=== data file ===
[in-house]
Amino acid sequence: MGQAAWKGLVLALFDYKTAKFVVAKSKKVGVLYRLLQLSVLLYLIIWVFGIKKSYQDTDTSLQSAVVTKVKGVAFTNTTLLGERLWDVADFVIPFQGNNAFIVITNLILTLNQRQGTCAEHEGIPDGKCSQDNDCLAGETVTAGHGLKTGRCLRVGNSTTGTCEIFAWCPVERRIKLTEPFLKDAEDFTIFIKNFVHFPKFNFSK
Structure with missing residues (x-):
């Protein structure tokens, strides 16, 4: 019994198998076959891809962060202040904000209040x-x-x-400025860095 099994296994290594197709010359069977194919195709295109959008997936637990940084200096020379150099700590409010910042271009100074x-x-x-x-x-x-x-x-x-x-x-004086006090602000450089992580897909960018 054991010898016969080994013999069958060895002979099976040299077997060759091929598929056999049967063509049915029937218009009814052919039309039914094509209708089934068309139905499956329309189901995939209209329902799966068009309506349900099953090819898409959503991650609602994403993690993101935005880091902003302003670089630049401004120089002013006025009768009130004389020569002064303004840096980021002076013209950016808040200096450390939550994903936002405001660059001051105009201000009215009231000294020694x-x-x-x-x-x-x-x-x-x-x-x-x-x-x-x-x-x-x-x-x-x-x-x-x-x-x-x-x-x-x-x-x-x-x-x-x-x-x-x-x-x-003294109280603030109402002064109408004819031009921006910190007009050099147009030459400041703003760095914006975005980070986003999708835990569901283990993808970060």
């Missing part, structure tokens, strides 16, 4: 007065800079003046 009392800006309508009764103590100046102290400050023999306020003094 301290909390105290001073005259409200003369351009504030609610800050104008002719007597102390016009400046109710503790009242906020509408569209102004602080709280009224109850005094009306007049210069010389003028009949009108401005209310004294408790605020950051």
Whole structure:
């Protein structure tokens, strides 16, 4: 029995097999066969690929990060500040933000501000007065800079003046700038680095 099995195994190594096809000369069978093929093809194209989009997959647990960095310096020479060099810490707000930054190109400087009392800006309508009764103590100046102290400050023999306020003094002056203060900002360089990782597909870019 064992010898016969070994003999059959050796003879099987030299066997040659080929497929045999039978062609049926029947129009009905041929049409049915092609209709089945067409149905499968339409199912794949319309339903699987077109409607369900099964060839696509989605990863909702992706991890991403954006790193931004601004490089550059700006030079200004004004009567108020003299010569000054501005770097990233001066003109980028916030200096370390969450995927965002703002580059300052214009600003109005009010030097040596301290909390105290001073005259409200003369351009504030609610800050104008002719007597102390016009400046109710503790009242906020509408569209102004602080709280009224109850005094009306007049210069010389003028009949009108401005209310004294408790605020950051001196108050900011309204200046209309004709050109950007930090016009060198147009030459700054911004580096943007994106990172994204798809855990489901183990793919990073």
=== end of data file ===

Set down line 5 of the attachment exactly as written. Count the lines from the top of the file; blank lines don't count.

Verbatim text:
């Missing part, structure tokens, strides 16, 4: 007065800079003046 009392800006309508009764103590100046102290400050023999306020003094 301290909390105290001073005259409200003369351009504030609610800050104008002719007597102390016009400046109710503790009242906020509408569209102004602080709280009224109850005094009306007049210069010389003028009949009108401005209310004294408790605020950051």